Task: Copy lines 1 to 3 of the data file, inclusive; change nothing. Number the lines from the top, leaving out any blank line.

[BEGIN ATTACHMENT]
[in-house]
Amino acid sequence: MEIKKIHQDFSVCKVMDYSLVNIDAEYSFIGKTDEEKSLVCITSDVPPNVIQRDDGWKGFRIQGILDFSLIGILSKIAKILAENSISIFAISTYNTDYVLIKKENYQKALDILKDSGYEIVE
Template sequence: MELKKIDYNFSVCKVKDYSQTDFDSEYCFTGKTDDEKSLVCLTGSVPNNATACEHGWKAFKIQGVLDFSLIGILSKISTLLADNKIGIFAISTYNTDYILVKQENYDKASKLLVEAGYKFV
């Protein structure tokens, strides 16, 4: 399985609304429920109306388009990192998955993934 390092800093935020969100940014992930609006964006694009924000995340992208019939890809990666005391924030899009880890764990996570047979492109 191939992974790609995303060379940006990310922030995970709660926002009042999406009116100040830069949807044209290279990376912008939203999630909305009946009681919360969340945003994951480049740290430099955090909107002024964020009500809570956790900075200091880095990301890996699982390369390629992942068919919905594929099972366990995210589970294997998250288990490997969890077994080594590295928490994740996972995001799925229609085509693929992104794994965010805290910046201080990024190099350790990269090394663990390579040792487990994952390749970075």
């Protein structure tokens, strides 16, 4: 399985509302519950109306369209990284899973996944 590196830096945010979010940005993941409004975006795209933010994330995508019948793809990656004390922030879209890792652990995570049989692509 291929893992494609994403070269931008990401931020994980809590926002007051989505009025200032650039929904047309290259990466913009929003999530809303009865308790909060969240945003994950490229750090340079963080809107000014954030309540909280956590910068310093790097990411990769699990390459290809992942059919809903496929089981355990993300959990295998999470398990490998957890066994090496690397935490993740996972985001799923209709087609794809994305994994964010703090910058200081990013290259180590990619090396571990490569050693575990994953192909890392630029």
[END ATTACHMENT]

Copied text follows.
[in-house]
Amino acid sequence: MEIKKIHQDFSVCKVMDYSLVNIDAEYSFIGKTDEEKSLVCITSDVPPNVIQRDDGWKGFRIQGILDFSLIGILSKIAKILAENSISIFAISTYNTDYVLIKKENYQKALDILKDSGYEIVE
Template sequence: MELKKIDYNFSVCKVKDYSQTDFDSEYCFTGKTDDEKSLVCLTGSVPNNATACEHGWKAFKIQGVLDFSLIGILSKISTLLADNKIGIFAISTYNTDYILVKQENYDKASKLLVEAGYKFV